Aging is good for wine, but perhaps not for the Medical Society
by Jed Delmore, MD
When our daughters enjoyed the club because they were enthralled by the vocalist, who was usually in a shiny sequined dress accompanied by a pianist.hen our children were little, the Stembridges and Delmores were known to frequent the Candle Club at 13th and Woodlawn. The club, in the 1980s and early ’90s, was known for its dark, smoke-filled bar and for the excellent fried catfish in its dining room (less smoke).
One evening, with the girls sitting on stacks of napkins in lieu of booster seats, we surveyed the room and noted how much we as a group brought the average age in the room down. That would have been true even if we didn’t have our children along.
The Candle Club had become a gathering spot for an older crowd. I mention this because, in some ways, the Medical Society has too – and that’s something I want to change.
An emphasis of my year as president of the Medical Society is to change the focus and location of our meetings in an attempt to encourage greater involvement of younger physicians.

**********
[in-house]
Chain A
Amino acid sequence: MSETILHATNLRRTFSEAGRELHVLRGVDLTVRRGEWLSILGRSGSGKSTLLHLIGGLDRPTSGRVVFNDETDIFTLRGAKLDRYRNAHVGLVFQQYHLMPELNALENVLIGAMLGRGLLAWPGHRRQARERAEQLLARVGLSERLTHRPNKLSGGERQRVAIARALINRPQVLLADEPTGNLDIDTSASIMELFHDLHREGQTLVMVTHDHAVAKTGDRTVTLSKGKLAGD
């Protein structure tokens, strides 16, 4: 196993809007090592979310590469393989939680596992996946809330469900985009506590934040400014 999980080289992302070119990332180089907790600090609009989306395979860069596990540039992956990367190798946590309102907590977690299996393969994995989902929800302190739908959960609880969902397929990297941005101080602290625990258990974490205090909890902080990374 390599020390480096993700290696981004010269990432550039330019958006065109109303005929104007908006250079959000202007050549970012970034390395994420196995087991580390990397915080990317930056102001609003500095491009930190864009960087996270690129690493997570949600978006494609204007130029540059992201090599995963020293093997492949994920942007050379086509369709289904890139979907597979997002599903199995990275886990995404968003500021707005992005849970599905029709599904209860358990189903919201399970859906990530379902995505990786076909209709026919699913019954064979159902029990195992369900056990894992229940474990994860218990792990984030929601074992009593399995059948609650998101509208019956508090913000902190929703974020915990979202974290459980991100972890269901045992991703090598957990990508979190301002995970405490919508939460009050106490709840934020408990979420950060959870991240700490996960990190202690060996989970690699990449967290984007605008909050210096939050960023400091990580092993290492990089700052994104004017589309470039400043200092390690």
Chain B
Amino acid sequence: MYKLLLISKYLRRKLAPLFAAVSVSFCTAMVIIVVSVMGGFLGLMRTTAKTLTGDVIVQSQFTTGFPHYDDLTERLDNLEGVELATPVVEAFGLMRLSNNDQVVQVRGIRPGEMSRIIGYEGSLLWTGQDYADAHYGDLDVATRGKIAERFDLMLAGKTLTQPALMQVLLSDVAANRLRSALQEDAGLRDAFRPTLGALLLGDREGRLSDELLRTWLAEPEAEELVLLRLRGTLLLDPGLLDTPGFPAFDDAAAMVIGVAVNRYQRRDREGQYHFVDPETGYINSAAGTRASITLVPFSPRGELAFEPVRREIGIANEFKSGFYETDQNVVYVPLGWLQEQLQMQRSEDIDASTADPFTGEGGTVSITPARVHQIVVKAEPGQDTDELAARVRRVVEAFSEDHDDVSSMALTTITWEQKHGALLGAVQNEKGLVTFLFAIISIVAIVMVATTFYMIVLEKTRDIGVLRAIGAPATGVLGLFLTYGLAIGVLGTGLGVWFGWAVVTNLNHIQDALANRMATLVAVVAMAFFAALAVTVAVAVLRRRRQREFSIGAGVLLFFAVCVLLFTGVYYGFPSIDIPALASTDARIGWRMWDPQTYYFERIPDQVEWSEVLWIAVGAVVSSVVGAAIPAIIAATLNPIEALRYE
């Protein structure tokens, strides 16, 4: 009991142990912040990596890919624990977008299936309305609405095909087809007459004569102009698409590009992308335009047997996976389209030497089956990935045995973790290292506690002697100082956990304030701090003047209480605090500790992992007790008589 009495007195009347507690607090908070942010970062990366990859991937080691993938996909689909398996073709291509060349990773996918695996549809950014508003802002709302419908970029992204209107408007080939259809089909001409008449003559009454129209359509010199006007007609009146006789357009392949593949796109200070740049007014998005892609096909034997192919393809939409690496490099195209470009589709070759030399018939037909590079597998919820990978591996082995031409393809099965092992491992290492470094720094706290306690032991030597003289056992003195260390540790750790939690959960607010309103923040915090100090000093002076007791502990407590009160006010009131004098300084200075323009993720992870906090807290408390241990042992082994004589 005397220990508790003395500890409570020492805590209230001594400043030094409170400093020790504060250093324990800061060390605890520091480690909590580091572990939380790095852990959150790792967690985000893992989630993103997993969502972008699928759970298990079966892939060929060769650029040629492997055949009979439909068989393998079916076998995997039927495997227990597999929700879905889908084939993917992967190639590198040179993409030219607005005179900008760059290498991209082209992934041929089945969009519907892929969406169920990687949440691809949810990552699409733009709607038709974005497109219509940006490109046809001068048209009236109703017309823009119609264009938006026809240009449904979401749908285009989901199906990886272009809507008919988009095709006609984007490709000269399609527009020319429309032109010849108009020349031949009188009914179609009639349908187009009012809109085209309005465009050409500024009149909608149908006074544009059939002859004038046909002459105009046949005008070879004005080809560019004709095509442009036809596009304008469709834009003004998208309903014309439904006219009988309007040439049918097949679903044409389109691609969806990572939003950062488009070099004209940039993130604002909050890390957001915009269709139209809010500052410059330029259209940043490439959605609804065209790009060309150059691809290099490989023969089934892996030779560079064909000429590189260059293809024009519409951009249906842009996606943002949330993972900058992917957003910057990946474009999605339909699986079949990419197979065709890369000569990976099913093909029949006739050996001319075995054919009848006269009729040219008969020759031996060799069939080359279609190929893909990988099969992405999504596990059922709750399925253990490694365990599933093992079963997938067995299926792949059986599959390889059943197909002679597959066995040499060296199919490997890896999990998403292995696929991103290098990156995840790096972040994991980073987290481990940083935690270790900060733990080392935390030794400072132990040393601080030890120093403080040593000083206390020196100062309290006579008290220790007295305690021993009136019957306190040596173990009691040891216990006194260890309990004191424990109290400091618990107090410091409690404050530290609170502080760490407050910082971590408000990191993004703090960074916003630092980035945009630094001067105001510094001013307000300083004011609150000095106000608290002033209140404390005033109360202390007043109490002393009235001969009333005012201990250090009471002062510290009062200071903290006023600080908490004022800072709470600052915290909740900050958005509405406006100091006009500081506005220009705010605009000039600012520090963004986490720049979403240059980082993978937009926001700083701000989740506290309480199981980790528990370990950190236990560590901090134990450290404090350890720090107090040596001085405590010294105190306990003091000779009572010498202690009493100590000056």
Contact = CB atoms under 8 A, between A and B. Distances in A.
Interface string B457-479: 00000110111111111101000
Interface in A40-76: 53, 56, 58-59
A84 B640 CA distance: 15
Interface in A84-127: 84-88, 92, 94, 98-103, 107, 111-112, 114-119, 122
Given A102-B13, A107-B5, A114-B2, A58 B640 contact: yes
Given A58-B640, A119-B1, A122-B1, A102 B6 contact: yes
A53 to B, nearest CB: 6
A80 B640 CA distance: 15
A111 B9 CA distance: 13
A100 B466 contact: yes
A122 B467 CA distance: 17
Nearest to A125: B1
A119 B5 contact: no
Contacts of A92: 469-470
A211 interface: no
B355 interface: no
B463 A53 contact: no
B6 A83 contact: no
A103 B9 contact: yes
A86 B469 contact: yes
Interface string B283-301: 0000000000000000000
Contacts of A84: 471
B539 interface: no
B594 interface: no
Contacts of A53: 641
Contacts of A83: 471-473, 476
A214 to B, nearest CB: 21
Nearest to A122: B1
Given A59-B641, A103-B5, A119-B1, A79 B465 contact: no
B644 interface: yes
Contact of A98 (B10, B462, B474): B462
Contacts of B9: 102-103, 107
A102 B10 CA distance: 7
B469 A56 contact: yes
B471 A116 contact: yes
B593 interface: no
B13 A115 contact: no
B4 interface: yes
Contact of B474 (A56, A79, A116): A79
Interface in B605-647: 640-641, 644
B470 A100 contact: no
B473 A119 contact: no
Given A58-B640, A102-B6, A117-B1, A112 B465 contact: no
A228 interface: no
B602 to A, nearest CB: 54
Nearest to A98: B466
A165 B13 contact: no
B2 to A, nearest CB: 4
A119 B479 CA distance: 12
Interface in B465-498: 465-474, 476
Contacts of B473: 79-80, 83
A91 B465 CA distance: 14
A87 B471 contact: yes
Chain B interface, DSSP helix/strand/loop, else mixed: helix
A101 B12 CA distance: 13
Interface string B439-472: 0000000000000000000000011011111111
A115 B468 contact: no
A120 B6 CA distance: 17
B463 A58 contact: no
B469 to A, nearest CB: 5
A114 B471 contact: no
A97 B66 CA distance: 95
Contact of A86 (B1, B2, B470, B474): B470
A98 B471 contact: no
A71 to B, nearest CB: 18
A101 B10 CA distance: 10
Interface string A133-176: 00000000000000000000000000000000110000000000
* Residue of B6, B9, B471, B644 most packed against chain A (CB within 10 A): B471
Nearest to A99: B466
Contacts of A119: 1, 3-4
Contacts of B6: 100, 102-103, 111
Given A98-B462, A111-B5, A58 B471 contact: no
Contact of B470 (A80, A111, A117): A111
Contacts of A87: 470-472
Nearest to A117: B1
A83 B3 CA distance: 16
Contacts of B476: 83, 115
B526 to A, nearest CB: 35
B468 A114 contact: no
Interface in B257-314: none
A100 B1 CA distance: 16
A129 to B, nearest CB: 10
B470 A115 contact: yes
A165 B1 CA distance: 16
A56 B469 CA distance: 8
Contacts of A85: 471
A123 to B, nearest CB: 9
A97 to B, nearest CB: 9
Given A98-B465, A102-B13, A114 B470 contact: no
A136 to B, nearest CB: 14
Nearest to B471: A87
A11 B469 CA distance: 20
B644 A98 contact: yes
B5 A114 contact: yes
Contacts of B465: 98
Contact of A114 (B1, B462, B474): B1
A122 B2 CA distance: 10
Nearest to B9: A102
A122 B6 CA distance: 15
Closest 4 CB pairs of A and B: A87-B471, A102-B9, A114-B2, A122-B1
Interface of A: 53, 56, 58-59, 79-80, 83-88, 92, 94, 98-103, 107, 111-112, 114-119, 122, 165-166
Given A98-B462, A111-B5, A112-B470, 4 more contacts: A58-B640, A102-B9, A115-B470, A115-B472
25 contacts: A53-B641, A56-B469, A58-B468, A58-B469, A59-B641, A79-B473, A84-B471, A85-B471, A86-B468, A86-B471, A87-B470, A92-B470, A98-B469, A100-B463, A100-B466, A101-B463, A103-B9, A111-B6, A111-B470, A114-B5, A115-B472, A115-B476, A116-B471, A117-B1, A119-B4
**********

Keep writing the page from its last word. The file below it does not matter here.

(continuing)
In the not so distant past, a common denominator for practicing physicians involved encounters in meetings, hallway consultations, medical staff duties, or various physician lounges in the hospital of choice. As fewer primary care physicians admit to the hospitals, and more physicians are employed or contracted for services, I believe the collegial aspects of those encounters have suffered.
In addition to representing the interests and practice of medicine and our patients, the Medical Society and its meetings offer the opportunity for that collegial interaction on a professional and personal basis. These interactions can help build both personal friendships and professional connections.
The Medical Society – aided by Drs. Katie Rosell, Braden Foster and Chuck Coffey – will be sponsoring events targeted at young physicians. The first event is a June 19 gathering at Dr. Tom Kryzer’s Third Place Brewing in Old Town. We also will be sponsoring a joint event in early fall with young lawyers of the Wichita Bar Association.
The goal is to engage young physicians through these targeted events, and then work to connect with the larger Medical Society membership through general meetings and by serving on boards and committees.
The future of the Medical Society is linked to the ongoing
participation of its members, and we don’t want the MSSC to be a place only for the older crowd. I hope we can encourage our younger partners and colleagues to become and remain involved.
That would mean more physicians are at the table. And, by the way, our meetings aren’t smoke-filled …